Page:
Sunday night is the 15th of Av, a festive day on which we don’t say Tachanun. The mishna at the end of Taanit mentions the various joyful customs and historical events which took place on this day in past generations. Among these is that from this day on they would stop cutting wood for the Temple altar, since “from the 15th of Av the strength of the sun ebbs” and therefore the wood cut afterwards was not dry enough.
The gemara then adds: “From then on, anyone who adds, adds; anyone who doesn’t add, ends”. This expression, a saying of Hillel found in the mishna (Avot 1:13), refers to Torah study. The connection to Tu beAv and the wood is as follows: As the nights lengthen and the exhausting summer sun begins to burn a little less intensely, we are required to exploit this opportunity to increase Torah study, which is principally learned at night. (Yoreh Deah 246:23.)
The gemara states in a number of places that “One who studies Torah at night, a strand of loving kindness is drawn over him during the day”. What is the special blessing of nighttime study? The Iyun Yaakov commentary by Rav Yaakov Reischer (on Chagiga 12b) explains that Torah learned at night is truly Torah for its own sake; during the daytime a person may be studying so that others see him, but nighttime learning takes place in modesty and seclusion.
This explanation of Rav Reischer fits in particularly well with the context of this directive. First, the context of the mishna. Two other sayings from the same mishna in Avot also refer to modesty in study: the first is “One who draws his name, loses his name”. The commentators explain that “drawing” the name refers to seeking or attaining fame, meaning that one’s name is spread far and wide. The other is “One who makes use of the crown is lost”; a Torah scholar shouldn’t seek personal benefit from his status. (Beyond the measure dictated by law and custom; outstanding Torah scholars are rightfully due a number of privileges, such as precedence in selling their merchandise and release from certain taxes.)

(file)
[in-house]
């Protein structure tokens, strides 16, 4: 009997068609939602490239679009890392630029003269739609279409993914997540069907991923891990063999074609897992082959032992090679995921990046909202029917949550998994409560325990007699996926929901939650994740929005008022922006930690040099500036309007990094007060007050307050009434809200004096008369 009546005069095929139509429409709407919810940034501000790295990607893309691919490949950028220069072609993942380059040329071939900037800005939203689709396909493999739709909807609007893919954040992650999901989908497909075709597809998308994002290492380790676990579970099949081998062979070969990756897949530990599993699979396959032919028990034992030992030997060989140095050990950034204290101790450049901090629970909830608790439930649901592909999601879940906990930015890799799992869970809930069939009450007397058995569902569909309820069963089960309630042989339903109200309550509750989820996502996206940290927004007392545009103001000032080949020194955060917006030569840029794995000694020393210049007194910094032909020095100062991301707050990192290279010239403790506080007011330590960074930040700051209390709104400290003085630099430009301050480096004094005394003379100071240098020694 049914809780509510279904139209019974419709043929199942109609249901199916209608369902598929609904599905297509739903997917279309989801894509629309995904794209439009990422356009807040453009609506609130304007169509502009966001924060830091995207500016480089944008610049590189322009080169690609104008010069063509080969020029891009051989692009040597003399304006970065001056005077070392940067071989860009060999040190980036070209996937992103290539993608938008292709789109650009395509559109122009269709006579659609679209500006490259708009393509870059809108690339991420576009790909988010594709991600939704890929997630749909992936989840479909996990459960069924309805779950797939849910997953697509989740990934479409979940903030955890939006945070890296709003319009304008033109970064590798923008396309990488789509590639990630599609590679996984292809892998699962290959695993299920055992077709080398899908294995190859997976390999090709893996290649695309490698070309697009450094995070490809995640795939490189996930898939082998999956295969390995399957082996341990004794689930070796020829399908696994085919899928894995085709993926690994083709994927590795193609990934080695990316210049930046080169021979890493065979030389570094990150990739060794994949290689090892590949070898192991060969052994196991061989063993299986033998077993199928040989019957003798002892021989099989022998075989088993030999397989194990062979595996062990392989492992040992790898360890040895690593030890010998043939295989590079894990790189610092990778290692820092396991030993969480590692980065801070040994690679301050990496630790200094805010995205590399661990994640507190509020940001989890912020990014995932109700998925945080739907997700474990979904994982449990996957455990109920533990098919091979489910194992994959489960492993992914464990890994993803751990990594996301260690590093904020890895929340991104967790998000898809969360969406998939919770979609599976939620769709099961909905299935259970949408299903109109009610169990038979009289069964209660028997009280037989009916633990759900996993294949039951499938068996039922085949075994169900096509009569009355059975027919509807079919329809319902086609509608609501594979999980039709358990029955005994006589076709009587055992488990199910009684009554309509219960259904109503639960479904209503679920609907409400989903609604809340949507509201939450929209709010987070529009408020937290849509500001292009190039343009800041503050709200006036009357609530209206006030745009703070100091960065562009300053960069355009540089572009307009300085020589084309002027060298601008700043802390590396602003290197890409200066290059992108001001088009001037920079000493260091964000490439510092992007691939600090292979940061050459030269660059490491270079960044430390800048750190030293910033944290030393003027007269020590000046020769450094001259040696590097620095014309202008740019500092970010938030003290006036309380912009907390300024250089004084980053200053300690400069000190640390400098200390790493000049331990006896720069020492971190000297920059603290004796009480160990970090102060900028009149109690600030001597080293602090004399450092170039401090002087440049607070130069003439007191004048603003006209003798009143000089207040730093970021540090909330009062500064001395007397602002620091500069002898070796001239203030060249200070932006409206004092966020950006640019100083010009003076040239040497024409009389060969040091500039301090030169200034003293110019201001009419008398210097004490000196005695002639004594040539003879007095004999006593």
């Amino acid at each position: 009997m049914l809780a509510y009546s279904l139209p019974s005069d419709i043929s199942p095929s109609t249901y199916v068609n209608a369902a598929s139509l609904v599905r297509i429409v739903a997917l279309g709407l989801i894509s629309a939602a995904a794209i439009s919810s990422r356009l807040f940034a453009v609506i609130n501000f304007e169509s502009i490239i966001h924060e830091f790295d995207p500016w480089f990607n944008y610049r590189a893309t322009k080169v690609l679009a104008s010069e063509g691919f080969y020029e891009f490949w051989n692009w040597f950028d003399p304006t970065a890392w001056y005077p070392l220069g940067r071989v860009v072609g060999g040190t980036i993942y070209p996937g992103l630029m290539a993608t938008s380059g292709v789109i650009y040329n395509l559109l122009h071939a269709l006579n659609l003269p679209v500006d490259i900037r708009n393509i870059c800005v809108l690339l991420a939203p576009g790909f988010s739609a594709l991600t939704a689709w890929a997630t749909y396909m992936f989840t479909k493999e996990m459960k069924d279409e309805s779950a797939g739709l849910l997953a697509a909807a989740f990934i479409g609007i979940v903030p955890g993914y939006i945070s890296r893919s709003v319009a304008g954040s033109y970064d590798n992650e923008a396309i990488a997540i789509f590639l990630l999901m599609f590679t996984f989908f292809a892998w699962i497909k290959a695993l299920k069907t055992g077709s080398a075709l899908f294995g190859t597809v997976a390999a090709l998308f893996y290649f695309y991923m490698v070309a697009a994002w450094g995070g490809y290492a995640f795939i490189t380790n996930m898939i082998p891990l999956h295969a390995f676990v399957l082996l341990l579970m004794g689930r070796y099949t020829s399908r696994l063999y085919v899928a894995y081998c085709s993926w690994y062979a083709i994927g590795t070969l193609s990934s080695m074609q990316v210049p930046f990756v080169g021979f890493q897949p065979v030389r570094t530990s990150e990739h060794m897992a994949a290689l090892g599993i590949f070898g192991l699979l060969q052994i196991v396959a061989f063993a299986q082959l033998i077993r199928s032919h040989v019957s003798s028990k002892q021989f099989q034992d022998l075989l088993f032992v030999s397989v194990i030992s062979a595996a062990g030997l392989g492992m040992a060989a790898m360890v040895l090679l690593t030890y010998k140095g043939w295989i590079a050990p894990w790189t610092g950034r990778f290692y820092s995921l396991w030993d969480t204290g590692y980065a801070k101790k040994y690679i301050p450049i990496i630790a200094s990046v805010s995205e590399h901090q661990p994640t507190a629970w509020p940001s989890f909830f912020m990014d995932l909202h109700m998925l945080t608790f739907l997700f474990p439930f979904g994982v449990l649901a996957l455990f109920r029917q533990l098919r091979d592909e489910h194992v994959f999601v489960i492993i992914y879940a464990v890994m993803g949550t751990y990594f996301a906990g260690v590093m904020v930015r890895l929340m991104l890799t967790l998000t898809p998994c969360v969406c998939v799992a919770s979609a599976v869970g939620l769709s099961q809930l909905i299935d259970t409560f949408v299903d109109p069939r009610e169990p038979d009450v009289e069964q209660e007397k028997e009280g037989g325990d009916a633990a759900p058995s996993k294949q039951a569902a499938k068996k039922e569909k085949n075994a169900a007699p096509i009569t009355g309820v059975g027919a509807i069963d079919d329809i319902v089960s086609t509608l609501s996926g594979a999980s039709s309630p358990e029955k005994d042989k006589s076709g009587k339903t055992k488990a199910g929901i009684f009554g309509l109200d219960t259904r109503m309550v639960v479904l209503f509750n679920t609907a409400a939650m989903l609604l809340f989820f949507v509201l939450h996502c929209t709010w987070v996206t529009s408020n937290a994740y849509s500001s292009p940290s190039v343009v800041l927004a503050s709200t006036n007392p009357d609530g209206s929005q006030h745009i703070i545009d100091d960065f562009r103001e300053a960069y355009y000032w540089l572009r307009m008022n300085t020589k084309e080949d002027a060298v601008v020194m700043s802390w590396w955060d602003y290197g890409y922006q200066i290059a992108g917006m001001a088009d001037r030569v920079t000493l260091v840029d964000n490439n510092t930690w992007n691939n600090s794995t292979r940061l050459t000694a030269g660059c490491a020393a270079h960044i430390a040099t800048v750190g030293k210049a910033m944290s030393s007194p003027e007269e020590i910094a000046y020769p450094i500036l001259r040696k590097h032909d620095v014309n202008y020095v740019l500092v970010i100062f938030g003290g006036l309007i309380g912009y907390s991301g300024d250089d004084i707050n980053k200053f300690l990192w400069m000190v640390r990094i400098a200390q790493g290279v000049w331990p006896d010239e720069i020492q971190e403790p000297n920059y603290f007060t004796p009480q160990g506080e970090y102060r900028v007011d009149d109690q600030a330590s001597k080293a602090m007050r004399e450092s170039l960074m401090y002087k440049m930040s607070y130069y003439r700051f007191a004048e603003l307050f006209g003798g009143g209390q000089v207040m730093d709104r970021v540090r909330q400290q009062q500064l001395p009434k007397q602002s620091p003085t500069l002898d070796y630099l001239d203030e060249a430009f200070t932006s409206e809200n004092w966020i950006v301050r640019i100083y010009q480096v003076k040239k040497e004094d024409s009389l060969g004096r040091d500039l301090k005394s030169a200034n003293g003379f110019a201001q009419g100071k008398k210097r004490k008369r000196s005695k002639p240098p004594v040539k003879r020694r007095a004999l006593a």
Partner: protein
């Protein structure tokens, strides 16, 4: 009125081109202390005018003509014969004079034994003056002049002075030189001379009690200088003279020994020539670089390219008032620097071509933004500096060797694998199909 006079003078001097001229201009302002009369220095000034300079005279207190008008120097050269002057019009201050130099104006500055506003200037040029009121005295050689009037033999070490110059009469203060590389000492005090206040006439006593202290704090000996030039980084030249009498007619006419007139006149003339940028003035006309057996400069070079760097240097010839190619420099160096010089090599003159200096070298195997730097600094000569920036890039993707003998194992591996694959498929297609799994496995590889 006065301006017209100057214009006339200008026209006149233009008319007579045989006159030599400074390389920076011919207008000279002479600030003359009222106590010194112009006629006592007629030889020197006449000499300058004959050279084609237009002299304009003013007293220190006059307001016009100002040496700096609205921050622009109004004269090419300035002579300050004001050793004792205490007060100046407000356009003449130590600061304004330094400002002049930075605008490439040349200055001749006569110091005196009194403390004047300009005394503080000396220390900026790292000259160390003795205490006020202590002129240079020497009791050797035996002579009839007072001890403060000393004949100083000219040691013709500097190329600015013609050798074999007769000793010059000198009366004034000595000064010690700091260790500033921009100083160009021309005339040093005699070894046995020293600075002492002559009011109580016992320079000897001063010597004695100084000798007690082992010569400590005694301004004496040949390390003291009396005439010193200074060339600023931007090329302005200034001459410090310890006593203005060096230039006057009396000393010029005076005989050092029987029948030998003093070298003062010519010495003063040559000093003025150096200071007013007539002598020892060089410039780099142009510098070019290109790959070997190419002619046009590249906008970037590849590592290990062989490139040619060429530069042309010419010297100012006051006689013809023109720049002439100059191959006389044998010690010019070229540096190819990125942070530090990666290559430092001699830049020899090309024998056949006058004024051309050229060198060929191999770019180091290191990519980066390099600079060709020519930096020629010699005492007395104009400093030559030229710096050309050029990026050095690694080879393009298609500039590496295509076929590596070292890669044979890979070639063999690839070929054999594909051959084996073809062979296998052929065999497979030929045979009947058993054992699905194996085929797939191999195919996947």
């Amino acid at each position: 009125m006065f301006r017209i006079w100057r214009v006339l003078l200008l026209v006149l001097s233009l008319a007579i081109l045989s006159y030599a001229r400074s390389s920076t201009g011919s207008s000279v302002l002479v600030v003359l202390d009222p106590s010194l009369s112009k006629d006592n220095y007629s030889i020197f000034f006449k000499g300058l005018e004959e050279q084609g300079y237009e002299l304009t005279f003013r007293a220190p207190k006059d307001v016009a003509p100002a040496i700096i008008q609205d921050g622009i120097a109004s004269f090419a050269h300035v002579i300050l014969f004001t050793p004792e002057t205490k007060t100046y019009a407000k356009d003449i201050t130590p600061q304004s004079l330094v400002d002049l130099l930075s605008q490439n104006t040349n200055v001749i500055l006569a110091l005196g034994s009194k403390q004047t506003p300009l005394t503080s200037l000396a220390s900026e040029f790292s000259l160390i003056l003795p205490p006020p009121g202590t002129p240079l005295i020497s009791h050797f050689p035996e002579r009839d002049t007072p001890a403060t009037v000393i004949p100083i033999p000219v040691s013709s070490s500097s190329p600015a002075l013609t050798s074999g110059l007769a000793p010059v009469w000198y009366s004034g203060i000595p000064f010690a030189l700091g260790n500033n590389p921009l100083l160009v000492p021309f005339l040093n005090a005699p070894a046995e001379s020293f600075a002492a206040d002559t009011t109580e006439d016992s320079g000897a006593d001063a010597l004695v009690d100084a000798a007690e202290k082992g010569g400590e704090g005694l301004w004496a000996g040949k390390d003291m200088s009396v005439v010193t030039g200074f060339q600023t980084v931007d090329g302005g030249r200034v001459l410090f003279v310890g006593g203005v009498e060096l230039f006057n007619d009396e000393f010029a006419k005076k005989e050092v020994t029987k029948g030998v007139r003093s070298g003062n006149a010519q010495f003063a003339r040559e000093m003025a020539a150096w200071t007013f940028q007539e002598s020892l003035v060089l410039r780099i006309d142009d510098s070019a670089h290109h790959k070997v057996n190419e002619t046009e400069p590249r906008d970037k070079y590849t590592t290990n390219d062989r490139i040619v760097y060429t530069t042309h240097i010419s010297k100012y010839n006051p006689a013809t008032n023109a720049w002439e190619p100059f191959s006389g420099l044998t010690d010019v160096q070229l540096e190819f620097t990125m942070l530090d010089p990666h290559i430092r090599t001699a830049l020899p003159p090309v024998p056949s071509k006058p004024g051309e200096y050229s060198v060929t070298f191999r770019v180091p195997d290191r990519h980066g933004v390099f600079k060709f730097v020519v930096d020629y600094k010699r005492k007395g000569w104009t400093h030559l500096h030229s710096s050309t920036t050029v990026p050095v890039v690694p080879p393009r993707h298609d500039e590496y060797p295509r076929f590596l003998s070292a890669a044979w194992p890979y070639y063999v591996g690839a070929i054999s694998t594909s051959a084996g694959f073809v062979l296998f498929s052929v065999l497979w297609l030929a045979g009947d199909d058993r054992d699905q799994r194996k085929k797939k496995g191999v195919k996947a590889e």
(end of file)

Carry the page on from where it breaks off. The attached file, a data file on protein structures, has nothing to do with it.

This explanation also suits the context of the gemara in Taanit. Immediately preceding the passage we cited, the gemara states that the 15th of Av was the day that those killed in the attack on Beitar were finally buried; Tu beAv brought these individuals the dignity of being covered up after a long period of exposure. And immediately afterwards, we learn that the special dances held on Tu beAv in order to help singles find suitable partners were carried out in borrowed garments in order not to embarrass any young lady who lacks an appropriate outfit. The common denominator is modesty and dignity.
From Tu beAv onward, we should all strive to increase the amount of daily Torah study, even if only a small amount. At the same time we should redouble our efforts to study Torah for its own sake, not in order to make a display to others.